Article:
A pleasurable ride with aviatrix Gosnell on her leisurely summer odyssey, flying in to out-of-the-way airfields and seeing the US from a fresh perspective. The lure of the blue sky outside her office window in midtown Manhattan finally proved irresistible to Gosnell. Taking a three- month leave of absence from her reporter's job at Newsweek, she set out in her small, single-engine Luscombe Silvaire to hop-skip-and- jump to the West Coast and back. Gosnell had fallen in love with flying during a summer vacation in Kenya when she took a charter flight over the game-rich African plains, and she extended her vacation there in order to take flying lessons. Back home, she finished her flight training and bought her first airplane—``a weekend cabin that moved.'' On the cross-country trip described here—flying below 1500 feet whenever the weather and terrain permitted, stopping off at familiar and unfamiliar places, dropping in on friends, hiking and backpacking when the mood struck, exploring caves, spending the nights in her sleeping bag and as often as not under the wing of her beloved little plane—Gosnell saw America as few do: the ocean shores, the Mississippi, the Rockies, the Great Plains, and terrain both benign and terrifying. The characters she met were as interesting as the sights—among them, crop-dusters, tow-plane pilots, fire spotters, flight instructors, trading-post managers, cave specialists, and, of course, the FBOs (fixed-base operators: the term stands for both the small, private airfields and the dedicated folk who run them). A notable stop on the way back was at Columbus, Ohio, for a homecoming visit with her family. A satisfying companion to Laurence Gonzales's One Zero Charlie (1992). Like Gonzales, Gosnell is hopelessly in love with flying, and we are ensnared by her enthusiasm. (Photographs—not seen).

Pub Date: June 11, 1993

ISBN: 0-679-40025-7

Page Count: 352

Publisher: Knopf

Review Posted Online: May 20, 2010

Kirkus Reviews Issue: April 1, 1993

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Stricter than, say, Bergen Evans or W3 ("disinterested" means impartial — period), Strunk is in the last analysis...



Privately published by Strunk of Cornell in 1918 and revised by his student E. B. White in 1959, that "little book" is back again with more White updatings.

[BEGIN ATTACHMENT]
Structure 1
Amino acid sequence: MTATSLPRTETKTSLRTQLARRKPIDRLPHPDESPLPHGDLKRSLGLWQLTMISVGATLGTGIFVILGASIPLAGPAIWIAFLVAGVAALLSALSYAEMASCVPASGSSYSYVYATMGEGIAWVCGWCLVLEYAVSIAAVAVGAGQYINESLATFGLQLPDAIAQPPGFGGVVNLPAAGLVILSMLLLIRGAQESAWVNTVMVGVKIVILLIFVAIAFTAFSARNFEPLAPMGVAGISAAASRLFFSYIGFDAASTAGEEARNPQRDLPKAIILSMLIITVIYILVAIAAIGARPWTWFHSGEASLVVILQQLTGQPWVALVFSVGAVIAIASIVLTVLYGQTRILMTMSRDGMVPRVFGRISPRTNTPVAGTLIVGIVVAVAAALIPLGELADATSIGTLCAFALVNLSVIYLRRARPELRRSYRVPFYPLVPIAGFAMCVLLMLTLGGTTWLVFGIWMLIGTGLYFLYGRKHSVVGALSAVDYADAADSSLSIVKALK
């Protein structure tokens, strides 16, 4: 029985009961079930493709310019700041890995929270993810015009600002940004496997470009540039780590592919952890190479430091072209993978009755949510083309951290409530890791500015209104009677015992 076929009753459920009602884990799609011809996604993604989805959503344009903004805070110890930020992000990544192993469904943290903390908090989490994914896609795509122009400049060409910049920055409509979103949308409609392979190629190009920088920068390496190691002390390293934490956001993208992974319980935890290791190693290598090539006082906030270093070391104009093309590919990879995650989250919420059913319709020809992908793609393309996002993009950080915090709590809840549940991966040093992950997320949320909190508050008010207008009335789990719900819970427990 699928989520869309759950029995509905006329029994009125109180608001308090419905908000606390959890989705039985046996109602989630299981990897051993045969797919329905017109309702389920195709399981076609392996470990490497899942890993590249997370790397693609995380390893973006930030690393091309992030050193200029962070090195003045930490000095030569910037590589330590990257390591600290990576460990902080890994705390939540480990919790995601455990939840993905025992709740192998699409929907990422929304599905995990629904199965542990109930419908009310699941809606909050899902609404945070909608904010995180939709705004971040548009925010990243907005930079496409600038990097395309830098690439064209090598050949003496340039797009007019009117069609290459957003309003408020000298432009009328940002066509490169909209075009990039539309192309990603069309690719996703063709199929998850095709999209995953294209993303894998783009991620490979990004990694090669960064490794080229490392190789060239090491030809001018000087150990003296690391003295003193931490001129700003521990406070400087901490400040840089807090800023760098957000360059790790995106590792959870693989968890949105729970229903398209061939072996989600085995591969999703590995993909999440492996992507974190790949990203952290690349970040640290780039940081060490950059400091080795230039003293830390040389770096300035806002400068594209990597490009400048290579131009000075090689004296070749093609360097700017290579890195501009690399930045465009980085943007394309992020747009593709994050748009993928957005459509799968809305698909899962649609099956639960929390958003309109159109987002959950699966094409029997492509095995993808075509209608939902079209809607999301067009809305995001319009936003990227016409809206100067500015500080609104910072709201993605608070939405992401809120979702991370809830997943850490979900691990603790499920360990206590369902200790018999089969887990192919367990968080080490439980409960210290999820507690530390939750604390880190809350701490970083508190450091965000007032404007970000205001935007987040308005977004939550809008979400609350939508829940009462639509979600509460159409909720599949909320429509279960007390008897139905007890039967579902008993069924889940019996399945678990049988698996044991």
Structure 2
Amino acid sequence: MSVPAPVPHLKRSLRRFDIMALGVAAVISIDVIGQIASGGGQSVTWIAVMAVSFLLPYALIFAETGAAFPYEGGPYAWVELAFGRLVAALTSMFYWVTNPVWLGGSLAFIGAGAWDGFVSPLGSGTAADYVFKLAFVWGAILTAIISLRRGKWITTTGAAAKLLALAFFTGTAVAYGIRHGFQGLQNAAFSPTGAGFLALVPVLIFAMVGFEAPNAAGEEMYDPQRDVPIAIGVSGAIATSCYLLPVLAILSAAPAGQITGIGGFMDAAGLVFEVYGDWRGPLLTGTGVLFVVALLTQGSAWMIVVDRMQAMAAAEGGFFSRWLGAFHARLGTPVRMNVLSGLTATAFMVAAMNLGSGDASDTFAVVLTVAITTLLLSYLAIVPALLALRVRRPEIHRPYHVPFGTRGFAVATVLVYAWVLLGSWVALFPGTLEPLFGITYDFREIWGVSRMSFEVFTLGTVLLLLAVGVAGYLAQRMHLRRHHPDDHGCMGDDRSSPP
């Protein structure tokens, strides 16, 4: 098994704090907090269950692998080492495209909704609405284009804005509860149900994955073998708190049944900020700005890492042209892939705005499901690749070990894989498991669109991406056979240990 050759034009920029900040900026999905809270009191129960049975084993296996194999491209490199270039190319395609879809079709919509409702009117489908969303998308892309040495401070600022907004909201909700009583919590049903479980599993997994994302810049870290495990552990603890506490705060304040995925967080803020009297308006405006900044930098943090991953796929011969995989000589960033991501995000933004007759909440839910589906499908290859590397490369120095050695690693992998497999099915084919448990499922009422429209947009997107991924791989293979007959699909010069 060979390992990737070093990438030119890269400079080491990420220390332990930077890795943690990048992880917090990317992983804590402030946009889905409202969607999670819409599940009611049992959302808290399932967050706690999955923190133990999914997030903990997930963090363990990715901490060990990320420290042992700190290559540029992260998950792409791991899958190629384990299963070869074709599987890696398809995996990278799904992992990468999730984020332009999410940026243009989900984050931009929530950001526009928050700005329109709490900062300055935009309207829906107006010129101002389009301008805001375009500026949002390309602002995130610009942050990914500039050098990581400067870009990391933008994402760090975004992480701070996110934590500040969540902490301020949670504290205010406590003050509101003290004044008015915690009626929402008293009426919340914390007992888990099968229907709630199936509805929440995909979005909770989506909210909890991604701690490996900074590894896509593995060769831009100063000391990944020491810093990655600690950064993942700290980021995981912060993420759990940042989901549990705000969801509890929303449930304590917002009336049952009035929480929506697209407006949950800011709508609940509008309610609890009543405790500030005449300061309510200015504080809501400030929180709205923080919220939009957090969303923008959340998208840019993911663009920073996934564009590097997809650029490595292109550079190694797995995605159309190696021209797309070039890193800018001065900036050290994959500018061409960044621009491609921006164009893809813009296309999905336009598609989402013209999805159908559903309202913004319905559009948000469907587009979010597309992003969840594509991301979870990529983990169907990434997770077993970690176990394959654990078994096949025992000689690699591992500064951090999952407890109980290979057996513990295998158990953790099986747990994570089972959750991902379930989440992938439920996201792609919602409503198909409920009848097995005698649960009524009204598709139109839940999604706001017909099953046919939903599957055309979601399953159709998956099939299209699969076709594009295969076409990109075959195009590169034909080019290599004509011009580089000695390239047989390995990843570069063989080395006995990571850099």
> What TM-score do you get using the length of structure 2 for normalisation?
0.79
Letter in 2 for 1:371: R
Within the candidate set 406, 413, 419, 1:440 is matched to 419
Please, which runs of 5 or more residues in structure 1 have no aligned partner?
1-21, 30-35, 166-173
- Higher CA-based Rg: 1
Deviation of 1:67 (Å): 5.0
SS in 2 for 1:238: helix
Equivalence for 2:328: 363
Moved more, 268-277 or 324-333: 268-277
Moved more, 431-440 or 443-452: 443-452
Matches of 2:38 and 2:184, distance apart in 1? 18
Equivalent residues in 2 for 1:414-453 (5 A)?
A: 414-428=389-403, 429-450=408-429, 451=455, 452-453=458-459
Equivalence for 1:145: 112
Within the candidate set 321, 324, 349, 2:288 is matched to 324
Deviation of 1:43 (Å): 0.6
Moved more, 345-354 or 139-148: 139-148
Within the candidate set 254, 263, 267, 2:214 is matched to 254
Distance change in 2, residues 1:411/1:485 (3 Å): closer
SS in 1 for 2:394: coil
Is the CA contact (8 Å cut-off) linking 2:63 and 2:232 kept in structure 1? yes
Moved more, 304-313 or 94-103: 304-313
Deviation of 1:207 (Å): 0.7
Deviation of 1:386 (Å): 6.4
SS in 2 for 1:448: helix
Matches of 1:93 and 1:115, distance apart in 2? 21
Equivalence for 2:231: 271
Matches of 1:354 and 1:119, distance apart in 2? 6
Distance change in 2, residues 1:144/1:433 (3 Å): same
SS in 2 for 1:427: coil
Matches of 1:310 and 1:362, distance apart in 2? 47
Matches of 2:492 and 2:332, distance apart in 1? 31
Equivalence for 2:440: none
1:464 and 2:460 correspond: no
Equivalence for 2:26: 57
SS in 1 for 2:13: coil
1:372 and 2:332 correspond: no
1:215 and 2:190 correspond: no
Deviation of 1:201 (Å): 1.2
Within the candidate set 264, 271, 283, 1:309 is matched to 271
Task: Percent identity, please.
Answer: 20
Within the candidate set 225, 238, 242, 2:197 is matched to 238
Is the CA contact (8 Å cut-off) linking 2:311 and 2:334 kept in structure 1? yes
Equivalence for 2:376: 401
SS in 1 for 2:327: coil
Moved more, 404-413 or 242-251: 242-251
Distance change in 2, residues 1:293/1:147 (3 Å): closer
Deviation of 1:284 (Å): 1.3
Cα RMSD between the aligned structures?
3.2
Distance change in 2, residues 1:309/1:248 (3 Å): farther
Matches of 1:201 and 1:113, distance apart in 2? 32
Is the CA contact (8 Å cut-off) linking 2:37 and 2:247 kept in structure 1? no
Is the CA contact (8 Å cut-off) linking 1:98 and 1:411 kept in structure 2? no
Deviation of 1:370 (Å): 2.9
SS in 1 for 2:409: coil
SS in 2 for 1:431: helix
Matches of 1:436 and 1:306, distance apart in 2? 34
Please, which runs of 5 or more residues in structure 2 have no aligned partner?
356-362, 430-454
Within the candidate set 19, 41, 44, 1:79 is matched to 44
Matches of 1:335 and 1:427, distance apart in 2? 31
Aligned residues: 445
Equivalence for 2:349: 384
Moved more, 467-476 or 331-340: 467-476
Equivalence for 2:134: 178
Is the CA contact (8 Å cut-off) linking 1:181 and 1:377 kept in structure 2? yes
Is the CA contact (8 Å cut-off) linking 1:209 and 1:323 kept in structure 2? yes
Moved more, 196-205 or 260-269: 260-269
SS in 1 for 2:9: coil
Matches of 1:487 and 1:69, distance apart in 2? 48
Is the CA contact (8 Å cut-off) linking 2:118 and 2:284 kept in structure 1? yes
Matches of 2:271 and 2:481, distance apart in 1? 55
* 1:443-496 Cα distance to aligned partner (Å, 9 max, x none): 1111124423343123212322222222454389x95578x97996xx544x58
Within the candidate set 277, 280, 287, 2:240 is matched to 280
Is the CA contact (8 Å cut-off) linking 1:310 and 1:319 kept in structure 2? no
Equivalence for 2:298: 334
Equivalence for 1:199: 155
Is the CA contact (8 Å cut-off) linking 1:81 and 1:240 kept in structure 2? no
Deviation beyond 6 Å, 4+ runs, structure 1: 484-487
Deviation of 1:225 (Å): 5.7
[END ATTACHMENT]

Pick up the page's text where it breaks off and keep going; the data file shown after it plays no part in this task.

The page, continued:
Stricter than, say, Bergen Evans or W3 ("disinterested" means impartial — period), Strunk is in the last analysis (whoops — "A bankrupt expression") a unique guide (which means "without like or equal").

Pub Date: May 15, 1972

ISBN: 0205632645

Page Count: 105

Publisher: Macmillan

Review Posted Online: Oct. 28, 2011

Kirkus Reviews Issue: May 1, 1972

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From the national correspondent for PBS's MacNeil-Lehrer Newshour: a moving memoir of her youth in the Deep South and her role in desegregating the Univ. of Georgia. The eldest daughter of an army chaplain, Hunter-Gault was born in what she calls the ``first of many places that I would call `my place' ''—the small village of Due West, tucked away in a remote little corner of South Carolina. While her father served in Korea, Hunter-Gault and her mother moved first to Covington, Georgia, and then to Atlanta. In ``L.A.'' (lovely Atlanta), surrounded by her loving family and a close-knit black community, the author enjoyed a happy childhood participating in activities at church and at school, where her intellectual and leadership abilities soon were noticed by both faculty and peers. In high school, Hunter-Gault found herself studying the ``comic-strip character Brenda Starr as I might have studied a journalism textbook, had there been one.'' Determined to be a journalist, she applied to several colleges—all outside of Georgia, for ``to discourage the possibility that a black student would even think of applying to one of those white schools, the state provided money for black students'' to study out of state. Accepted at Michigan's Wayne State, the author was encouraged by local civil-rights leaders to apply, along with another classmate, to the Univ. of Georgia as well. Her application became a test of changing racial attitudes, as well as of the growing strength of the civil-rights movement in the South, and Gault became a national figure as she braved an onslaught of hostilities and harassment to become the first black woman to attend the university. A remarkably generous, fair-minded account of overcoming some of the biggest, and most intractable, obstacles ever deployed by southern racists. (Photographs—not seen.)

Pub Date: Nov. 1, 1992

ISBN: 0-374-17563-2

Page Count: 192

Publisher: Farrar, Straus and Giroux

Review Posted Online: May 20, 2010

Kirkus Reviews Issue: Sept. 1, 1992

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